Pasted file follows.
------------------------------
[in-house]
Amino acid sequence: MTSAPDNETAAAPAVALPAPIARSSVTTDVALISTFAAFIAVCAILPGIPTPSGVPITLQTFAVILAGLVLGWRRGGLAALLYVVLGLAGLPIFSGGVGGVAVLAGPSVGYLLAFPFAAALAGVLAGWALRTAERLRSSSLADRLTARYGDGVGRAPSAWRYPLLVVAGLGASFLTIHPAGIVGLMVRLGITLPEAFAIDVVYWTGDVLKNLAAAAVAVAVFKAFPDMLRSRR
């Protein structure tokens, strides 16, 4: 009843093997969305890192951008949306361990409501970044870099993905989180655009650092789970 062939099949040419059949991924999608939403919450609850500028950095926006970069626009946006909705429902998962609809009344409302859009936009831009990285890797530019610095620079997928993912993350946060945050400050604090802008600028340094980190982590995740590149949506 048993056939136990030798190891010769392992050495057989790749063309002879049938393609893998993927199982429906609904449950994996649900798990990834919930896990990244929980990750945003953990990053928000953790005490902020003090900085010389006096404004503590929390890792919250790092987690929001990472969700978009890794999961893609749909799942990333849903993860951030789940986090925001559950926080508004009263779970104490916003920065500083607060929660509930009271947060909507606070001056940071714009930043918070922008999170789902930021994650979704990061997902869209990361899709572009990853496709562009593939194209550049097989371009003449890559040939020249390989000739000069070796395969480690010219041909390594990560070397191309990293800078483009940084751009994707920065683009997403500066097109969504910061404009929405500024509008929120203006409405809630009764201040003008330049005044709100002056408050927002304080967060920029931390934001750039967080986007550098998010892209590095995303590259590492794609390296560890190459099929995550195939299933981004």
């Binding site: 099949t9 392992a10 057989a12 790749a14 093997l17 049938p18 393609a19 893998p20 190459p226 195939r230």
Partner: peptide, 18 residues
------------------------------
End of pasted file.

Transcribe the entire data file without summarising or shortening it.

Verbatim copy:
[in-house]
Amino acid sequence: MTSAPDNETAAAPAVALPAPIARSSVTTDVALISTFAAFIAVCAILPGIPTPSGVPITLQTFAVILAGLVLGWRRGGLAALLYVVLGLAGLPIFSGGVGGVAVLAGPSVGYLLAFPFAAALAGVLAGWALRTAERLRSSSLADRLTARYGDGVGRAPSAWRYPLLVVAGLGASFLTIHPAGIVGLMVRLGITLPEAFAIDVVYWTGDVLKNLAAAAVAVAVFKAFPDMLRSRR
């Protein structure tokens, strides 16, 4: 009843093997969305890192951008949306361990409501970044870099993905989180655009650092789970 062939099949040419059949991924999608939403919450609850500028950095926006970069626009946006909705429902998962609809009344409302859009936009831009990285890797530019610095620079997928993912993350946060945050400050604090802008600028340094980190982590995740590149949506 048993056939136990030798190891010769392992050495057989790749063309002879049938393609893998993927199982429906609904449950994996649900798990990834919930896990990244929980990750945003953990990053928000953790005490902020003090900085010389006096404004503590929390890792919250790092987690929001990472969700978009890794999961893609749909799942990333849903993860951030789940986090925001559950926080508004009263779970104490916003920065500083607060929660509930009271947060909507606070001056940071714009930043918070922008999170789902930021994650979704990061997902869209990361899709572009990853496709562009593939194209550049097989371009003449890559040939020249390989000739000069070796395969480690010219041909390594990560070397191309990293800078483009940084751009994707920065683009997403500066097109969504910061404009929405500024509008929120203006409405809630009764201040003008330049005044709100002056408050927002304080967060920029931390934001750039967080986007550098998010892209590095995303590259590492794609390296560890190459099929995550195939299933981004």
């Binding site: 099949t9 392992a10 057989a12 790749a14 093997l17 049938p18 393609a19 893998p20 190459p226 195939r230």
Partner: peptide, 18 residues